Saturday, September 7, 2013

Religious Identity and Sports Teams

9/7/2013—A couple of weeks ago, in the magazine Sports Illustrated, there appeared a column in which a writer, whose name for the moment escapes me, described his effort this summer to inculcate his five-year-old son in the father's long time love of the San Diego Padres baseball team. Unfortunately for the writer, his family had since moved to Los Angeles. Therefore, he was now taking his son to baseball games at Dodger Stadium. The writer was afraid that his son would develop a team loyalty to the Dodgers, a team whom the writer had always hated.

Before the All-Star break, the Dodgers were playing so badly that the writer felt safe. Unfortunately for him, after the All-Star break the Dodgers caught fire and played tremendous baseball. His son was entranced and began to identify with the Dodgers. In terms of sports, his son was lost to him.

The writer was of the view that there comes a moment in a young person's life in which a commitment like identification with a sports team is made for life. That moment had come for his son and could not now be undone.

Reflecting on this story, I was reminded of a time when my younger daughter was in middle school. She informed her parents one day that she was interested in reading with an evangelical Christian group. I reacted very negatively to this news.

Neither rationally nor theologically did my reaction make any sense. My daughter had not developed a particularly strong Jewish identity, nor, given the way that my children were raised, was it likely that she would. In addition, I had especially taught my children to be open in terms of religion and it was no secret that Jesus was a very important figure in my own life. In addition to all of that, my daughter was going to go to a private high school in which she would obviously be reading in the New Testament.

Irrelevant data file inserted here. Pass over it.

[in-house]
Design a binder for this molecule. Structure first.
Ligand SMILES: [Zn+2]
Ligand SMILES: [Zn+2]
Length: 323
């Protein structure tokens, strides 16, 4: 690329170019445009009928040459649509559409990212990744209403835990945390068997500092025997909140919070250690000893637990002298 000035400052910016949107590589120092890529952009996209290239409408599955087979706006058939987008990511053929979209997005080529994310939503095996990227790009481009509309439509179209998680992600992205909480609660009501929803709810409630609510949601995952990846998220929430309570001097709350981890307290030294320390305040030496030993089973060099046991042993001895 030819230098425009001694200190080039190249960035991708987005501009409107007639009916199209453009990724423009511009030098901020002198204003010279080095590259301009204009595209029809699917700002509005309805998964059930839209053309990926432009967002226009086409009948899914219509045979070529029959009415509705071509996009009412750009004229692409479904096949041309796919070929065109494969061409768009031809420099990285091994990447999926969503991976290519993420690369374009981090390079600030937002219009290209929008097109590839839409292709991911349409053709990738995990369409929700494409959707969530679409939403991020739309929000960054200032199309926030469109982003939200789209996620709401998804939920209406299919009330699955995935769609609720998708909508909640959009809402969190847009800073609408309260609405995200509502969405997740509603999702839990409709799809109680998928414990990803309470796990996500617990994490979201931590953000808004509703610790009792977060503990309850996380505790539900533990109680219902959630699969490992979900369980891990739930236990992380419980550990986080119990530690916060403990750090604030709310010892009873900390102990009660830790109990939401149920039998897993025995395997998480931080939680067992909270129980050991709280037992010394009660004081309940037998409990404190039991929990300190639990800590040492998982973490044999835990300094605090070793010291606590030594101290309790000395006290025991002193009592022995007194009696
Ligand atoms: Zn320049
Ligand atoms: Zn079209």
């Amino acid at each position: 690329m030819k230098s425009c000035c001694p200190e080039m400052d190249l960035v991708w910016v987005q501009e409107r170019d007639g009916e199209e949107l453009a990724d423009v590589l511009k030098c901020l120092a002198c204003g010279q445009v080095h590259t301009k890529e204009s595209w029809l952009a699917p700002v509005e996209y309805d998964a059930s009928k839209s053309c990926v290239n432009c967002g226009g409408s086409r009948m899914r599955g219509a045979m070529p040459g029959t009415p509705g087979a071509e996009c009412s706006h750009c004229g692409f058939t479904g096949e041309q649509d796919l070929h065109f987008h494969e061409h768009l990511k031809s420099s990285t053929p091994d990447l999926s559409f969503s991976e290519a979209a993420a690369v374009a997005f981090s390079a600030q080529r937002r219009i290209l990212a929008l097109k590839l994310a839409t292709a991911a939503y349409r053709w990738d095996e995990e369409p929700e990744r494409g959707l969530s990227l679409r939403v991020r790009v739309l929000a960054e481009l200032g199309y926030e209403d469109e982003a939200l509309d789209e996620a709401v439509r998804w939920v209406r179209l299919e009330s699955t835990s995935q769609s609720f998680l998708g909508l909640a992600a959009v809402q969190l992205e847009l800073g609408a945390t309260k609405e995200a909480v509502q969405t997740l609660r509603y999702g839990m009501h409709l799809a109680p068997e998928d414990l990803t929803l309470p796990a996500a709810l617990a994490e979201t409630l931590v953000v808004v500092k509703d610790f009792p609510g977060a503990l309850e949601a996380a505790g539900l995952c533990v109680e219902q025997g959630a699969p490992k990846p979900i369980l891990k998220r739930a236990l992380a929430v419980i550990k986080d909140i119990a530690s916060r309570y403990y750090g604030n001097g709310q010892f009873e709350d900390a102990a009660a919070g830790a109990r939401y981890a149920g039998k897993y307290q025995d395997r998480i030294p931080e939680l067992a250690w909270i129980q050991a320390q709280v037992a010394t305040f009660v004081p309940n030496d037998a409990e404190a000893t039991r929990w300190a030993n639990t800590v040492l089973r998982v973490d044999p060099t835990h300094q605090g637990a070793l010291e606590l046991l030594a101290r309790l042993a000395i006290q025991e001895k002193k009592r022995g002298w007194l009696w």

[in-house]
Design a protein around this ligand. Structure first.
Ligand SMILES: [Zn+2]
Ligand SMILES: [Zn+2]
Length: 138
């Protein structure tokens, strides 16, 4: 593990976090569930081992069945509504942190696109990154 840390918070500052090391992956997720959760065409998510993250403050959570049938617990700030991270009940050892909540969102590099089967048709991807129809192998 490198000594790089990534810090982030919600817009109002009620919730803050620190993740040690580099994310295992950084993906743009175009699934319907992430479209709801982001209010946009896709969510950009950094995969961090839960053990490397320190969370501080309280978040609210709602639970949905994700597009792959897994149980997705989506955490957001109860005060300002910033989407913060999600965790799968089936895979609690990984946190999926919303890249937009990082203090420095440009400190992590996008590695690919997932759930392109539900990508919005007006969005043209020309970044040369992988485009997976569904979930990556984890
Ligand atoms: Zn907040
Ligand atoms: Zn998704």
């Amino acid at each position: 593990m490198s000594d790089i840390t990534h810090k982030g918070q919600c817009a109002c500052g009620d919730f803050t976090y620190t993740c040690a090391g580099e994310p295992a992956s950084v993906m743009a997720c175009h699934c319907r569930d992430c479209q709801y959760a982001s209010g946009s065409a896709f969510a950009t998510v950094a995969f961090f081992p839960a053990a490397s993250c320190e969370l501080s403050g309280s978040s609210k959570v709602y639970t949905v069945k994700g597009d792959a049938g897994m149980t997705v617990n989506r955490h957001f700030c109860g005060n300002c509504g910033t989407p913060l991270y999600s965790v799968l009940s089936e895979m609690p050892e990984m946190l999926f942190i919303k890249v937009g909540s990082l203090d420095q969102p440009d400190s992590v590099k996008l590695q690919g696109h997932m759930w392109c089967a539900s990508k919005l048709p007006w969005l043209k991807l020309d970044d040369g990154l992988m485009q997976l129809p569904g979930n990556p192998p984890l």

I now see that my reaction was very much of a piece with that of the writer in regard to the Padres and the Dodgers. I simply had a visceral feeling that I wanted my daughter to share my identification and loyalty. And even if I had always had doubts about religion, and even if I had always identified with Jesus of Nazareth, my loyalty to Judaism was never really in doubt (and is not in doubt today, despite my nonbelieving situation). My daughter was simply identifying with another team.

Of course, the fact that I see this does not in any way lessen the feeling that I had at the time. And I must admit that this entire episode makes me much more sympathetic to members of religious groups who are not particularly observant and not particularly savvy theologically, but who care passionately about the religious affiliation of their children and other family members. If it feels like rejection, then it is a form of rejection.

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